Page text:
Gardening: Coping with what the weather is dishing out
Abiotic factors are the non-living issues in the garden environment, including temperatures, wind, water and sun, that effect the health of plants. Abnormally cold or hot temperatures, excessive rain, drought and lack of sun, put plants in stress and makes them vulnerable to diseases, pests and physiological disorders. This growing season is turning out to be a record breaker.
I’m getting all kinds of questions on Yardener.com about strange things plants are doing that experienced gardeners have not seen before.
Geraniums are dropping green leaves and their buds are not developing into flowers. These plants don’t do well sitting in soggy, wet soil and often develop crown rot and other diseases that disrupt their normal growth habit. If you’re growing them in pots, moving them to a protected area if extended rain is forecast is a good idea.
A Connecticut gardener wrote to ask what animal was attacking her daylilies. The flowering stems, called scapes, were broken off about 6 inches below the flower buds – what looked like a clean cut. My thought was deer that love to munch on daylilies. However, the tender flower buds were left intact and Bambi would have devoured them. I found the answer on the American Daylily Society website daylilies.org. What happened was Daylily Scape Blasting, also called bud blasting, the result of internal pressure in the daylily scape that builds up to the point the stem either bursts, splits or breaks in the middle of the flower stalk. It’s the result of excessive rains followed by drought-like conditions.
Extreme temperature fluctuations and excessive application of a high nitrogen fertilizer prior to heavy rains may also contribute to this plant phenomenon.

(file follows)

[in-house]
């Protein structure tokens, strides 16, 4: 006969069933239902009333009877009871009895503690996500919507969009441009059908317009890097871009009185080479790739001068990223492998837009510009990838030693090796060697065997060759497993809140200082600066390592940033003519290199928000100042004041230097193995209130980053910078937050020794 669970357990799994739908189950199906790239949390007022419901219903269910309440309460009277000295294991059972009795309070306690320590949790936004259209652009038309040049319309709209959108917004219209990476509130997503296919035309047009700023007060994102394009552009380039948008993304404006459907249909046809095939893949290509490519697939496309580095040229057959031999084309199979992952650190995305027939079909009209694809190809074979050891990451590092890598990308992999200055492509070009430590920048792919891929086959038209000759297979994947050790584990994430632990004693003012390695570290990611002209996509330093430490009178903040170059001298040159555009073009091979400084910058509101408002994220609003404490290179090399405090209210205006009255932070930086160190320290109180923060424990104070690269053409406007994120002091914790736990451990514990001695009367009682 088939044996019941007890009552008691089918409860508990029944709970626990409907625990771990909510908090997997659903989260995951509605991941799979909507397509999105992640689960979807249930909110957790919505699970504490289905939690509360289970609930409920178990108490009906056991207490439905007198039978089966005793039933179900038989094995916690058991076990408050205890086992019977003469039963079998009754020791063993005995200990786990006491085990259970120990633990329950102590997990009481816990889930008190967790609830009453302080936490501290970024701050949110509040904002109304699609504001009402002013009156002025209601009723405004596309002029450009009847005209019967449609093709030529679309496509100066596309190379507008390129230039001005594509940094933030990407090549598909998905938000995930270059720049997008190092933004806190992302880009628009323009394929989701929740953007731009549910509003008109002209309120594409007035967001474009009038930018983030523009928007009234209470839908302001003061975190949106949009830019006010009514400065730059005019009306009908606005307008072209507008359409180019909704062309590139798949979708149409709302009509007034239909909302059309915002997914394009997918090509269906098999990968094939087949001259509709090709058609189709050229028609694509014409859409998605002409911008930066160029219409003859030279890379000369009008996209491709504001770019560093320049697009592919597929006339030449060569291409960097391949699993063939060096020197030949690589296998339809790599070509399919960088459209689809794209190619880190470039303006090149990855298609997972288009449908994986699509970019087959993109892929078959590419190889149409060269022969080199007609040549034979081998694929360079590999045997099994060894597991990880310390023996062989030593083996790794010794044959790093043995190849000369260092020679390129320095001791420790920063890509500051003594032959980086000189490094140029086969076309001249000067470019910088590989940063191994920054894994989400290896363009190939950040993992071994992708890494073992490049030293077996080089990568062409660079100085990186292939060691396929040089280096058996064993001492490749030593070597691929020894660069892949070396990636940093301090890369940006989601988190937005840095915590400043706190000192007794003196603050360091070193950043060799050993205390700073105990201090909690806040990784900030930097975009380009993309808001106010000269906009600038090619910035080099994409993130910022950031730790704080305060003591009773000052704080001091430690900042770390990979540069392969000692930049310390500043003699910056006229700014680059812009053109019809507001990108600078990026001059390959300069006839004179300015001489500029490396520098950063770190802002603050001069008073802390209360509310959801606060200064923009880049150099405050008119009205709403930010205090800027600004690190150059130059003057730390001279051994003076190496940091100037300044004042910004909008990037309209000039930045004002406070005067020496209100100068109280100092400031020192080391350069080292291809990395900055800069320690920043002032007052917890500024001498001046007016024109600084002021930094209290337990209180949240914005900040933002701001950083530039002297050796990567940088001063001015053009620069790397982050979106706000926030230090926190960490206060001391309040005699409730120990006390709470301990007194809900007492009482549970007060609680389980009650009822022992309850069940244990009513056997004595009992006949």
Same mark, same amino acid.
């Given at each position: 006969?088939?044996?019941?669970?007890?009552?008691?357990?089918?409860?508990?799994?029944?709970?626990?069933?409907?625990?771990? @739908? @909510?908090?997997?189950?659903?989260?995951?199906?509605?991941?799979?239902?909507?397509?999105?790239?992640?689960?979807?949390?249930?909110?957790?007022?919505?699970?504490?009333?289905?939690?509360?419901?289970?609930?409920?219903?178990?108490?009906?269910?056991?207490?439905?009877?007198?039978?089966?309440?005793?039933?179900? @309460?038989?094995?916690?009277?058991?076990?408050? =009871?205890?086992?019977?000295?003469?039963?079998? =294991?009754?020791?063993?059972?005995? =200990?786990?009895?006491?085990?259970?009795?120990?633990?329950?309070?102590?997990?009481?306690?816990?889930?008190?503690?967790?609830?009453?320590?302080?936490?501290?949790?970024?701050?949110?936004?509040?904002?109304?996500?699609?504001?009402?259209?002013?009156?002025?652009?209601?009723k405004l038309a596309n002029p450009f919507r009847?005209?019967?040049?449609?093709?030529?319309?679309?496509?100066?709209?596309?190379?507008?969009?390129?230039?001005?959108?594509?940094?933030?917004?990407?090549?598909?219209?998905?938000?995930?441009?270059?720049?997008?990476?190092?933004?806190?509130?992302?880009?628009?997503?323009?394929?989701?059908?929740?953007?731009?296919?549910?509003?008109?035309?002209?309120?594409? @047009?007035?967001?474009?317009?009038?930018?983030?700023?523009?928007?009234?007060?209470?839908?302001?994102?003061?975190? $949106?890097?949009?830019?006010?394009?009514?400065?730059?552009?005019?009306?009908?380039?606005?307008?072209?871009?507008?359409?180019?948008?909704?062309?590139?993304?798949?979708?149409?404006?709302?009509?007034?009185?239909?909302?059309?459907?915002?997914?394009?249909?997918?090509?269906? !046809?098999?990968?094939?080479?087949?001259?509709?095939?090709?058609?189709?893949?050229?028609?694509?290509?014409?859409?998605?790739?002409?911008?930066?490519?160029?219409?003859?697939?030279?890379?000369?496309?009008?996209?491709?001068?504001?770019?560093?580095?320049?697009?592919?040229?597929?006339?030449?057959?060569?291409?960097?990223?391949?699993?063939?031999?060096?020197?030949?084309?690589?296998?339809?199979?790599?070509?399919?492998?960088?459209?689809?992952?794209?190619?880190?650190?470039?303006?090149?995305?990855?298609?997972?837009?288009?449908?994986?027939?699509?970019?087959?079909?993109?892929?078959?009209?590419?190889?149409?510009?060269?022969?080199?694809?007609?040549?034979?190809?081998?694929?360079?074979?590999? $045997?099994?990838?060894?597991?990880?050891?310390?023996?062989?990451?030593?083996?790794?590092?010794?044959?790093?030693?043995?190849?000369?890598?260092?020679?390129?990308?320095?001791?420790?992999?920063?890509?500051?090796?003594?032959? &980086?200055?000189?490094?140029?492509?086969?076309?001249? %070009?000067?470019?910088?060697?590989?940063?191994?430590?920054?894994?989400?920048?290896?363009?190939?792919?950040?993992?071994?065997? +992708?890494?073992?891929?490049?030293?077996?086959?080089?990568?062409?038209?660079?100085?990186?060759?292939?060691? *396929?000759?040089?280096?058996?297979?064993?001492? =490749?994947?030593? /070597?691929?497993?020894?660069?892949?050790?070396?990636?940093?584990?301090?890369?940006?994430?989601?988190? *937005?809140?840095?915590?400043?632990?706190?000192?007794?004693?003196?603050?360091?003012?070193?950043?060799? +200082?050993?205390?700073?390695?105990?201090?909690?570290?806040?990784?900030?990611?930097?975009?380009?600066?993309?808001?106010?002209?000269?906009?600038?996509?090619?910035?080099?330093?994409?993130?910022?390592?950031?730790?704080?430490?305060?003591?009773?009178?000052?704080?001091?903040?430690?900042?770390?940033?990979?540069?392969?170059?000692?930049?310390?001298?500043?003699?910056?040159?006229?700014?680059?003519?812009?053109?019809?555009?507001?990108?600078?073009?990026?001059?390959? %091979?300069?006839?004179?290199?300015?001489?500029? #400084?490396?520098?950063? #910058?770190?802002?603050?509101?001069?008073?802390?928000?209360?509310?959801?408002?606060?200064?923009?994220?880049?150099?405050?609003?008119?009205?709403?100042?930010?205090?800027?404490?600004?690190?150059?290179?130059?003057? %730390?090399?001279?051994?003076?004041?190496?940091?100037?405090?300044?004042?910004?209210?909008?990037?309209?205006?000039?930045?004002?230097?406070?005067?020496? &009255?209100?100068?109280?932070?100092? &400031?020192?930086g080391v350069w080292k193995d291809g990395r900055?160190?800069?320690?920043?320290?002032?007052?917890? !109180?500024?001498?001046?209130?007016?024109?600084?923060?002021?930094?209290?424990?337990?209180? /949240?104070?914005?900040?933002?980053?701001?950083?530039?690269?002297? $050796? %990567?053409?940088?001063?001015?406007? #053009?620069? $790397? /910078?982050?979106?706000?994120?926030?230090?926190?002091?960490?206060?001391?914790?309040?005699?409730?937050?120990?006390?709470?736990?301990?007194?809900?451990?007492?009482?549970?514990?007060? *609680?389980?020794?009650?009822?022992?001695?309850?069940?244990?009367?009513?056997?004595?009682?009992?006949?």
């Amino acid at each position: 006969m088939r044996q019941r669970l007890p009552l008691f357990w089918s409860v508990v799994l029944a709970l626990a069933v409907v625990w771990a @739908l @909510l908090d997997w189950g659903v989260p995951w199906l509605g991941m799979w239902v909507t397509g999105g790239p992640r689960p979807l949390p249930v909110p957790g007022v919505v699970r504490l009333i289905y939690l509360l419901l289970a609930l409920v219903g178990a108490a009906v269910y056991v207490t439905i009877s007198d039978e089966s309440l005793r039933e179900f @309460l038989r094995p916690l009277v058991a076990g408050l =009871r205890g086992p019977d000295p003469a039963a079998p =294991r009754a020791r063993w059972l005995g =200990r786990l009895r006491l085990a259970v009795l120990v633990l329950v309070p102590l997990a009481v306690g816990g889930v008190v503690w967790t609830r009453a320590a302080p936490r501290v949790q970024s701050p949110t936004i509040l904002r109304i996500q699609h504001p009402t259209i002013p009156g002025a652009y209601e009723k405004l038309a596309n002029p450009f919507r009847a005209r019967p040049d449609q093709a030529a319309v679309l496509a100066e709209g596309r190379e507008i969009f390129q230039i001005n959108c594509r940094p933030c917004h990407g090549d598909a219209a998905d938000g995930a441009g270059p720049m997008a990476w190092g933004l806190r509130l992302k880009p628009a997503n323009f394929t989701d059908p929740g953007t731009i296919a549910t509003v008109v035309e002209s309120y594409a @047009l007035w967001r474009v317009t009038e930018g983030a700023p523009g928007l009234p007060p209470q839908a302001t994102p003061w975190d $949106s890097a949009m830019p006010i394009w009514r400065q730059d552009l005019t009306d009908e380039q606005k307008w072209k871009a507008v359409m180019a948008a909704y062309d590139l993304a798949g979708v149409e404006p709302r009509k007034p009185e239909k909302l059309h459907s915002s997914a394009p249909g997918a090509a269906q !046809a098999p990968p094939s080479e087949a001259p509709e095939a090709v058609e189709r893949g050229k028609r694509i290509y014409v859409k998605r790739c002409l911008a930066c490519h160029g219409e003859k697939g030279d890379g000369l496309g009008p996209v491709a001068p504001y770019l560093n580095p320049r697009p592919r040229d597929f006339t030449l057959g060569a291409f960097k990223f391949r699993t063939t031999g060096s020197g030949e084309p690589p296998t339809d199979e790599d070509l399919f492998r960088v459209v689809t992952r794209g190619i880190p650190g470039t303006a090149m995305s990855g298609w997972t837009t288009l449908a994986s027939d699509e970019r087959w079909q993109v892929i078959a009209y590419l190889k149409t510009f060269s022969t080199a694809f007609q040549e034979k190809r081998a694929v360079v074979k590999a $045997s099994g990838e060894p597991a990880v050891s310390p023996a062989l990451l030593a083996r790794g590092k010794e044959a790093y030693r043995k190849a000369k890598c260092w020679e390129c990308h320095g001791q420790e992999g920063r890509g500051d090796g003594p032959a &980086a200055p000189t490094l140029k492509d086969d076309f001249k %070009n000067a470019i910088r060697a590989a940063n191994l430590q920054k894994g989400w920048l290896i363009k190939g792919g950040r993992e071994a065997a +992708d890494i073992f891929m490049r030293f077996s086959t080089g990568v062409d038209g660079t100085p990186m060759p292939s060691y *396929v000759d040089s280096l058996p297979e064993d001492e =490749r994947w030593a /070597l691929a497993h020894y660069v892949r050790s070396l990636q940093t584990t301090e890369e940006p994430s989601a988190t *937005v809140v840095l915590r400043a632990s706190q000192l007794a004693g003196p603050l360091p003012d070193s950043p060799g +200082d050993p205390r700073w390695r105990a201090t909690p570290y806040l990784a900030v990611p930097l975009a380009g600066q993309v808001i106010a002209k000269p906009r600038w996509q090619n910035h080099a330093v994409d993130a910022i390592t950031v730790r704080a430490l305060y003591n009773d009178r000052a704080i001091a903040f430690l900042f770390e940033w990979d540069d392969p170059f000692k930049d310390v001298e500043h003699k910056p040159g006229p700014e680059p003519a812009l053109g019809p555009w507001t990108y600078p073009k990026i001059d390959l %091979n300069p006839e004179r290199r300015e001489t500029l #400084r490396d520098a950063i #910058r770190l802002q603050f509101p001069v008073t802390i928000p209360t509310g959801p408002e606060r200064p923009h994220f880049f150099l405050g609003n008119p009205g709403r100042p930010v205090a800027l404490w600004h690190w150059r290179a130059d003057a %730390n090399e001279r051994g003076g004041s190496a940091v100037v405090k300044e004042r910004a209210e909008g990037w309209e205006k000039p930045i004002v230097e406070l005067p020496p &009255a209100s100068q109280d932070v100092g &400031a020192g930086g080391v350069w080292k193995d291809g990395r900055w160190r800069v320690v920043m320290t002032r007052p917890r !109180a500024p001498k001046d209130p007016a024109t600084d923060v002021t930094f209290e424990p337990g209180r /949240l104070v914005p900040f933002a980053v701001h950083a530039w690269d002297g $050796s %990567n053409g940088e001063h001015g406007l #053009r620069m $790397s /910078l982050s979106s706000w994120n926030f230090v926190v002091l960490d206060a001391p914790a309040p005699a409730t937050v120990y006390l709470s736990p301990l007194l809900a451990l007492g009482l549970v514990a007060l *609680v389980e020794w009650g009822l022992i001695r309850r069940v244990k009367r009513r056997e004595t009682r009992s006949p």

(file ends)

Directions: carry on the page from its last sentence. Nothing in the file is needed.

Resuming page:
The good news for those who grow the more common daylilies is bud blasting is most often found in certain varieties (tetraploids), which are among the fancier hybrids.
While you may not grow daylilies, this phenomenon is similar to the cracking of tomatoes, which suggests it’s not a good idea to use a high nitrogen fertilizer on tomatoes once they begin to flower and set fruit.
When temperatures reach into the 90s, tomatoes suffer from blossom drop and do not set fruit. Fertilizing at this time will do no good and may actually harm the plants. Best to keep the plants watered and be patient. When the temperatures cool down the plants will resume fruit set on their own.
Peppers are also temperamental when it comes to hot weather and they, too, will suffer blossom drop in 90-degree weather and should be treated the same as tomatoes.
Nancy Szerlag is a master gardener and Metro Detroit freelance writer. Her column appears Fridays in Homestyle. E-mail her at Yardener.com, Ask Nancy. You can also read her previous columns at detroitnews.com/homestyle.